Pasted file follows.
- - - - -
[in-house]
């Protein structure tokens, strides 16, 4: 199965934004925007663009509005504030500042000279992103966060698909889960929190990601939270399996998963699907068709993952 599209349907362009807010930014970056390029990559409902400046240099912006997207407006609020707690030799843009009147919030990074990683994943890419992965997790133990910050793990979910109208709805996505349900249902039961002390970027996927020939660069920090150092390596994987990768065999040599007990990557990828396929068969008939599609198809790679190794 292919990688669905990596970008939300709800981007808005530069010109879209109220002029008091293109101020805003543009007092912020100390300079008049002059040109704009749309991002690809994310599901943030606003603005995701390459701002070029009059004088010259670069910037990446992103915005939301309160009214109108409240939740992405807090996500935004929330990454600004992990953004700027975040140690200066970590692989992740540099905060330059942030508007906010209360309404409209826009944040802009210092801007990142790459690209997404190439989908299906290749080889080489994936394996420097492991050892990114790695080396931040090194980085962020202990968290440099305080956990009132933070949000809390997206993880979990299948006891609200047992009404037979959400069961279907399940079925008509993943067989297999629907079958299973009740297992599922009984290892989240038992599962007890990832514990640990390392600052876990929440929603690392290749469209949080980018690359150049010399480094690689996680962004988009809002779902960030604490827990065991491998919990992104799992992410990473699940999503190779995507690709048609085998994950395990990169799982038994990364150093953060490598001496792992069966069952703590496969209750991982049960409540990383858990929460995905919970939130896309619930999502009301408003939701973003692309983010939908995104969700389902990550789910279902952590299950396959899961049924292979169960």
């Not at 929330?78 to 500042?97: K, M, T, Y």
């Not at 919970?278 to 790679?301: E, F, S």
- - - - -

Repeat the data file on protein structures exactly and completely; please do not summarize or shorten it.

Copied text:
[in-house]
């Protein structure tokens, strides 16, 4: 199965934004925007663009509005504030500042000279992103966060698909889960929190990601939270399996998963699907068709993952 599209349907362009807010930014970056390029990559409902400046240099912006997207407006609020707690030799843009009147919030990074990683994943890419992965997790133990910050793990979910109208709805996505349900249902039961002390970027996927020939660069920090150092390596994987990768065999040599007990990557990828396929068969008939599609198809790679190794 292919990688669905990596970008939300709800981007808005530069010109879209109220002029008091293109101020805003543009007092912020100390300079008049002059040109704009749309991002690809994310599901943030606003603005995701390459701002070029009059004088010259670069910037990446992103915005939301309160009214109108409240939740992405807090996500935004929330990454600004992990953004700027975040140690200066970590692989992740540099905060330059942030508007906010209360309404409209826009944040802009210092801007990142790459690209997404190439989908299906290749080889080489994936394996420097492991050892990114790695080396931040090194980085962020202990968290440099305080956990009132933070949000809390997206993880979990299948006891609200047992009404037979959400069961279907399940079925008509993943067989297999629907079958299973009740297992599922009984290892989240038992599962007890990832514990640990390392600052876990929440929603690392290749469209949080980018690359150049010399480094690689996680962004988009809002779902960030604490827990065991491998919990992104799992992410990473699940999503190779995507690709048609085998994950395990990169799982038994990364150093953060490598001496792992069966069952703590496969209750991982049960409540990383858990929460995905919970939130896309619930999502009301408003939701973003692309983010939908995104969700389902990550789910279902952590299950396959899961049924292979169960």
């Not at 929330?78 to 500042?97: K, M, T, Y």
């Not at 919970?278 to 790679?301: E, F, S």